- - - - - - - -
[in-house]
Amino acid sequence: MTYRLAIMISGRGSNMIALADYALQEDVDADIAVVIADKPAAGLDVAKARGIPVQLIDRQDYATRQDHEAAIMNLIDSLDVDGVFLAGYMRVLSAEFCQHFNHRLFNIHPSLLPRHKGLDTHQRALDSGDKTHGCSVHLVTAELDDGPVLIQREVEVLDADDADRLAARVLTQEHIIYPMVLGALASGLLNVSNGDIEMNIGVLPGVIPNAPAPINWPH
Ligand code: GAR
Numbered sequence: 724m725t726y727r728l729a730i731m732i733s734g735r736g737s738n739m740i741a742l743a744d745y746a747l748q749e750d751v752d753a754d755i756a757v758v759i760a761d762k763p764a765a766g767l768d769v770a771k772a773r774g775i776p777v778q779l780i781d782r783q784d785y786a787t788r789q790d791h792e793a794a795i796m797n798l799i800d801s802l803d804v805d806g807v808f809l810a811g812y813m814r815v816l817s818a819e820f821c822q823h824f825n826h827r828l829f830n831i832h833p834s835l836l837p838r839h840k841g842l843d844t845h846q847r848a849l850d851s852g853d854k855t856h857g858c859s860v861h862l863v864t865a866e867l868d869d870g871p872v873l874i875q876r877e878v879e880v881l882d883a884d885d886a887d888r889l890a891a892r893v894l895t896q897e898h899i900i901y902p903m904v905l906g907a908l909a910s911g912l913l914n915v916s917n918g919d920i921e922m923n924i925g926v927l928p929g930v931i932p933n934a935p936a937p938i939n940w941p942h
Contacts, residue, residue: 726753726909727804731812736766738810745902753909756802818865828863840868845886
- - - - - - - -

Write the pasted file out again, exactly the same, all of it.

[in-house]
Amino acid sequence: MTYRLAIMISGRGSNMIALADYALQEDVDADIAVVIADKPAAGLDVAKARGIPVQLIDRQDYATRQDHEAAIMNLIDSLDVDGVFLAGYMRVLSAEFCQHFNHRLFNIHPSLLPRHKGLDTHQRALDSGDKTHGCSVHLVTAELDDGPVLIQREVEVLDADDADRLAARVLTQEHIIYPMVLGALASGLLNVSNGDIEMNIGVLPGVIPNAPAPINWPH
Ligand code: GAR
Numbered sequence: 724m725t726y727r728l729a730i731m732i733s734g735r736g737s738n739m740i741a742l743a744d745y746a747l748q749e750d751v752d753a754d755i756a757v758v759i760a761d762k763p764a765a766g767l768d769v770a771k772a773r774g775i776p777v778q779l780i781d782r783q784d785y786a787t788r789q790d791h792e793a794a795i796m797n798l799i800d801s802l803d804v805d806g807v808f809l810a811g812y813m814r815v816l817s818a819e820f821c822q823h824f825n826h827r828l829f830n831i832h833p834s835l836l837p838r839h840k841g842l843d844t845h846q847r848a849l850d851s852g853d854k855t856h857g858c859s860v861h862l863v864t865a866e867l868d869d870g871p872v873l874i875q876r877e878v879e880v881l882d883a884d885d886a887d888r889l890a891a892r893v894l895t896q897e898h899i900i901y902p903m904v905l906g907a908l909a910s911g912l913l914n915v916s917n918g919d920i921e922m923n924i925g926v927l928p929g930v931i932p933n934a935p936a937p938i939n940w941p942h
Contacts, residue, residue: 726753726909727804731812736766738810745902753909756802818865828863840868845886